In a professor’s office during my freshman year of college, I had to do it yet again: defend my decision to study elementary education. My professor—someone who, of course, was an educator—asked why I would want to teach young children and suggested that I might want to consider doing something else with my talents, that I could do so much more than be “just” a teacher.
Since a teacher’s intelligence is too often assumed to correlate with the age of her students, I’m not surprised that I’ve encountered so many stunned “why?” comments over the years, questions I never would have heard if I’d decided to be a doctor or an investment banker. They reflect a pervasive and poisonous view that teachers, and especially teachers in public elementary schools, should not have come from the tops of their classes or have graduated from elite universities.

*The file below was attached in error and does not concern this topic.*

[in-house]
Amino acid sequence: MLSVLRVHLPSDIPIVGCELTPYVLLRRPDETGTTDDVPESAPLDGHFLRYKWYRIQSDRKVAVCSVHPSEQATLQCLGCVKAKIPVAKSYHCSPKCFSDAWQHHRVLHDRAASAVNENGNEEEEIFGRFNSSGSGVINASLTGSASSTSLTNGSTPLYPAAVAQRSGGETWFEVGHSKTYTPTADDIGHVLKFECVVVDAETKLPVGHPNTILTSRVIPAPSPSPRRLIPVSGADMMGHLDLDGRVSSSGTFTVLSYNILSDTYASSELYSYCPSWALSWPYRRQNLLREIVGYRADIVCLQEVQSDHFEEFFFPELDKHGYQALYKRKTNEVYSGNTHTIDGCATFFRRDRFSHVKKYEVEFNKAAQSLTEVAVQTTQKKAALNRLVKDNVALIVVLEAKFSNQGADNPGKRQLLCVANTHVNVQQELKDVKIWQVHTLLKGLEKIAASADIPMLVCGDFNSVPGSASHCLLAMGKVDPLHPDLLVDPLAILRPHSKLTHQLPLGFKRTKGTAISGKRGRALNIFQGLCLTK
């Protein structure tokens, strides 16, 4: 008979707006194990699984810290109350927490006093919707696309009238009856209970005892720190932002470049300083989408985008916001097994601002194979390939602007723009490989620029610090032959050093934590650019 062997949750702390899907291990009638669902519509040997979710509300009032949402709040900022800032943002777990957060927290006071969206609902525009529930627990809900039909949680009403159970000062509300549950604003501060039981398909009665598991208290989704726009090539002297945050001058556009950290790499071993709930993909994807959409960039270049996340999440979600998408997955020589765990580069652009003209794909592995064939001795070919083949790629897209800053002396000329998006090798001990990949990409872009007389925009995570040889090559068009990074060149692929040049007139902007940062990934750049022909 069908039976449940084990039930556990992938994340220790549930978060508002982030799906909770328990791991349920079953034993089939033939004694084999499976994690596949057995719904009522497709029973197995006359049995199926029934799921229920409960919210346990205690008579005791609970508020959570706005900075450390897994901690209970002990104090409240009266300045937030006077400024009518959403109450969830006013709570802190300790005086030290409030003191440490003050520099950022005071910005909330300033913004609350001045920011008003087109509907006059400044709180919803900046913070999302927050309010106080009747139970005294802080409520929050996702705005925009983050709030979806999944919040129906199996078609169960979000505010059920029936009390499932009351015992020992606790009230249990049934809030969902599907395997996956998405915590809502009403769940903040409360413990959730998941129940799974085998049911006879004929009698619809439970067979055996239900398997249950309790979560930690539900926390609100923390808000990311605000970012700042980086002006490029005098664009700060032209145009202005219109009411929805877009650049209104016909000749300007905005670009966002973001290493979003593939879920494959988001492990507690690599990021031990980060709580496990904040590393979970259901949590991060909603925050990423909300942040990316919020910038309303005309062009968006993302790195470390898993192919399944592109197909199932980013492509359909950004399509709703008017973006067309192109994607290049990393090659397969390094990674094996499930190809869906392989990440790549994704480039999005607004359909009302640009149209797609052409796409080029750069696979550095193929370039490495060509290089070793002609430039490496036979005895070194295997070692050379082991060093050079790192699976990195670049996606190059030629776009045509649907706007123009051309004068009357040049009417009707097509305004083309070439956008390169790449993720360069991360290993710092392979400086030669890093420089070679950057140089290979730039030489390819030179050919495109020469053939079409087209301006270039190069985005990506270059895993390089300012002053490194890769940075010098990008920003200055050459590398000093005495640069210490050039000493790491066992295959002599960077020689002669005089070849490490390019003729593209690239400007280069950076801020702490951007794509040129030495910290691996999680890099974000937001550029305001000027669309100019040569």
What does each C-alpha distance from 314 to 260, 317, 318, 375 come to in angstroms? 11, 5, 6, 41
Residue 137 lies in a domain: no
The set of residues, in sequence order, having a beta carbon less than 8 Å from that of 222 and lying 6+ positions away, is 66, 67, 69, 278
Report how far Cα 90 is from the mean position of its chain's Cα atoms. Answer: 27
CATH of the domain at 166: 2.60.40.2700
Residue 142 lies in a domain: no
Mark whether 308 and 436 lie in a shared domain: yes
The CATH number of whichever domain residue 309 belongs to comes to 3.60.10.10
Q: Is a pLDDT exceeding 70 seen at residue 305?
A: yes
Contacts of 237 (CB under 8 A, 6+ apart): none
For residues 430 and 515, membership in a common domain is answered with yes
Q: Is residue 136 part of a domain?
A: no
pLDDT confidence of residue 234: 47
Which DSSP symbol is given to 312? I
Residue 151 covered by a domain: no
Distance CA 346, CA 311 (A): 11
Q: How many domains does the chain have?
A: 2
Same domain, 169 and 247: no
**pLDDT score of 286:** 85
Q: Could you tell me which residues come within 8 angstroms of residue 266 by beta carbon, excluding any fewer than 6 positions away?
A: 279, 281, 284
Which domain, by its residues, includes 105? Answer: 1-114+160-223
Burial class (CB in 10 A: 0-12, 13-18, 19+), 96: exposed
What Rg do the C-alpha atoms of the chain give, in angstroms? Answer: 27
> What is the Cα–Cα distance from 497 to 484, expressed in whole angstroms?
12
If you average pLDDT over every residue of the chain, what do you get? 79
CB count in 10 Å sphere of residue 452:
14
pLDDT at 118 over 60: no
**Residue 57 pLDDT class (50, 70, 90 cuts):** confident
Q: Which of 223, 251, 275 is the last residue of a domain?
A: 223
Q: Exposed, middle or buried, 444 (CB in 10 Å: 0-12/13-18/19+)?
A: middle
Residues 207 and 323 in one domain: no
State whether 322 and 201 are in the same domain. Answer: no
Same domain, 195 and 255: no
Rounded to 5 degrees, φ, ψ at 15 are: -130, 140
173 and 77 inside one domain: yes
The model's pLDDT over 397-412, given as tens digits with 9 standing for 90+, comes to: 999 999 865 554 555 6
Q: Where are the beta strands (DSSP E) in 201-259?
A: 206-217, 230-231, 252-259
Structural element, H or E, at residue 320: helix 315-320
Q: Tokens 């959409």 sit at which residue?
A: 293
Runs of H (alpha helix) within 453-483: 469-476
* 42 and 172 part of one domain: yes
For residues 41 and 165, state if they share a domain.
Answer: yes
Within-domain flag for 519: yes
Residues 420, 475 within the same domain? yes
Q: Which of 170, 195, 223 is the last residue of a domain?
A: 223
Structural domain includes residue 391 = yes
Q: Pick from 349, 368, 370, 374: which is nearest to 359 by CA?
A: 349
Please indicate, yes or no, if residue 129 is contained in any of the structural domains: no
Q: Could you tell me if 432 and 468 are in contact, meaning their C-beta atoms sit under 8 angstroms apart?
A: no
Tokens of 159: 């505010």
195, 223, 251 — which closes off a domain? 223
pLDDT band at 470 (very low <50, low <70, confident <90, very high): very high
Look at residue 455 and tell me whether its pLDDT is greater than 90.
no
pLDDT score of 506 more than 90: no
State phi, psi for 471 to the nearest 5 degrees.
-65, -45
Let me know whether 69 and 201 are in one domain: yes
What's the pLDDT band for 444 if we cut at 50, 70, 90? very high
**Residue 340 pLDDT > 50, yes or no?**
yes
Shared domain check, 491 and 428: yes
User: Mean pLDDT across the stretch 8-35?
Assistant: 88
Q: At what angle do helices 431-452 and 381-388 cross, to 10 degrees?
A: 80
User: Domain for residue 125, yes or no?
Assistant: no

Unfortunately, that perception is too often true. According to recent SAT data, test scores of prospective teachers ranked 16th out of 20 professions, and about one-third of teachers scored in the bottom one-fourth of SAT test-takers. It should come as little surprise, then, that less than 10 percent of teachers in this country graduate from our highly selective colleges and universities. <Read more.>